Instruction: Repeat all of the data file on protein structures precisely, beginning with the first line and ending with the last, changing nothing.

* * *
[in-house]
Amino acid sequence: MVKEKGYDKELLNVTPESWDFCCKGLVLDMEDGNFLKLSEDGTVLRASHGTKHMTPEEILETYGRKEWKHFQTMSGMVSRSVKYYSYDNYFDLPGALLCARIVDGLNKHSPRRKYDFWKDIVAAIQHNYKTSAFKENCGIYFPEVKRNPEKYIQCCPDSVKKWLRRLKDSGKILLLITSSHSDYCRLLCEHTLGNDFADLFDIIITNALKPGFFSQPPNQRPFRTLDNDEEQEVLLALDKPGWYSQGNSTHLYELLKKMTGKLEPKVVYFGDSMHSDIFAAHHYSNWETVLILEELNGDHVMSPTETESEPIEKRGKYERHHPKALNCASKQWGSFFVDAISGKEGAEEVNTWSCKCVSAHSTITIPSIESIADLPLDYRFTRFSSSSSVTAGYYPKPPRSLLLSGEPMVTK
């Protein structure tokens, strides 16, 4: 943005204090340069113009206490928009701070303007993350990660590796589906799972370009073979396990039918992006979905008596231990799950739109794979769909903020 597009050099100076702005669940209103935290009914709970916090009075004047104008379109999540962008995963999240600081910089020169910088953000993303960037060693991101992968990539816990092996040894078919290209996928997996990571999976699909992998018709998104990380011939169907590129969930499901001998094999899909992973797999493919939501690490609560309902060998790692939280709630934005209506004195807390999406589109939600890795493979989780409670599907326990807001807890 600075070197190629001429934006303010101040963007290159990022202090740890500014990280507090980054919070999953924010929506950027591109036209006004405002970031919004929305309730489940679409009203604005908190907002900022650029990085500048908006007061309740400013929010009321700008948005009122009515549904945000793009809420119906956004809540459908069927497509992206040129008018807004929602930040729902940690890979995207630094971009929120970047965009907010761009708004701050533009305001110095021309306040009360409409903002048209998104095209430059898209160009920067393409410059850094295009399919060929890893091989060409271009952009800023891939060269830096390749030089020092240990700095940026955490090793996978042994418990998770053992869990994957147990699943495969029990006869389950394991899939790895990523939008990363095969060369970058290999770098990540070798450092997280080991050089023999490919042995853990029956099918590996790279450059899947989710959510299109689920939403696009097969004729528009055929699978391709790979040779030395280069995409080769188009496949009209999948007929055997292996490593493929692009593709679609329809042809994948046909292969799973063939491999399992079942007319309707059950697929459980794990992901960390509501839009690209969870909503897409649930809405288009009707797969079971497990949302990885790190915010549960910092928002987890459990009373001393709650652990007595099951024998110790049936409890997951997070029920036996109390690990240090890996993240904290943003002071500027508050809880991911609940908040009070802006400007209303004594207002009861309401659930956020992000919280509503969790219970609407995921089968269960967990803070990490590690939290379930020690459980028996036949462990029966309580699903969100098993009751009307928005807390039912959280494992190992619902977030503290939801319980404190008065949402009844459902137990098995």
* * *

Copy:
[in-house]
Amino acid sequence: MVKEKGYDKELLNVTPESWDFCCKGLVLDMEDGNFLKLSEDGTVLRASHGTKHMTPEEILETYGRKEWKHFQTMSGMVSRSVKYYSYDNYFDLPGALLCARIVDGLNKHSPRRKYDFWKDIVAAIQHNYKTSAFKENCGIYFPEVKRNPEKYIQCCPDSVKKWLRRLKDSGKILLLITSSHSDYCRLLCEHTLGNDFADLFDIIITNALKPGFFSQPPNQRPFRTLDNDEEQEVLLALDKPGWYSQGNSTHLYELLKKMTGKLEPKVVYFGDSMHSDIFAAHHYSNWETVLILEELNGDHVMSPTETESEPIEKRGKYERHHPKALNCASKQWGSFFVDAISGKEGAEEVNTWSCKCVSAHSTITIPSIESIADLPLDYRFTRFSSSSSVTAGYYPKPPRSLLLSGEPMVTK
């Protein structure tokens, strides 16, 4: 943005204090340069113009206490928009701070303007993350990660590796589906799972370009073979396990039918992006979905008596231990799950739109794979769909903020 597009050099100076702005669940209103935290009914709970916090009075004047104008379109999540962008995963999240600081910089020169910088953000993303960037060693991101992968990539816990092996040894078919290209996928997996990571999976699909992998018709998104990380011939169907590129969930499901001998094999899909992973797999493919939501690490609560309902060998790692939280709630934005209506004195807390999406589109939600890795493979989780409670599907326990807001807890 600075070197190629001429934006303010101040963007290159990022202090740890500014990280507090980054919070999953924010929506950027591109036209006004405002970031919004929305309730489940679409009203604005908190907002900022650029990085500048908006007061309740400013929010009321700008948005009122009515549904945000793009809420119906956004809540459908069927497509992206040129008018807004929602930040729902940690890979995207630094971009929120970047965009907010761009708004701050533009305001110095021309306040009360409409903002048209998104095209430059898209160009920067393409410059850094295009399919060929890893091989060409271009952009800023891939060269830096390749030089020092240990700095940026955490090793996978042994418990998770053992869990994957147990699943495969029990006869389950394991899939790895990523939008990363095969060369970058290999770098990540070798450092997280080991050089023999490919042995853990029956099918590996790279450059899947989710959510299109689920939403696009097969004729528009055929699978391709790979040779030395280069995409080769188009496949009209999948007929055997292996490593493929692009593709679609329809042809994948046909292969799973063939491999399992079942007319309707059950697929459980794990992901960390509501839009690209969870909503897409649930809405288009009707797969079971497990949302990885790190915010549960910092928002987890459990009373001393709650652990007595099951024998110790049936409890997951997070029920036996109390690990240090890996993240904290943003002071500027508050809880991911609940908040009070802006400007209303004594207002009861309401659930956020992000919280509503969790219970609407995921089968269960967990803070990490590690939290379930020690459980028996036949462990029966309580699903969100098993009751009307928005807390039912959280494992190992619902977030503290939801319980404190008065949402009844459902137990098995």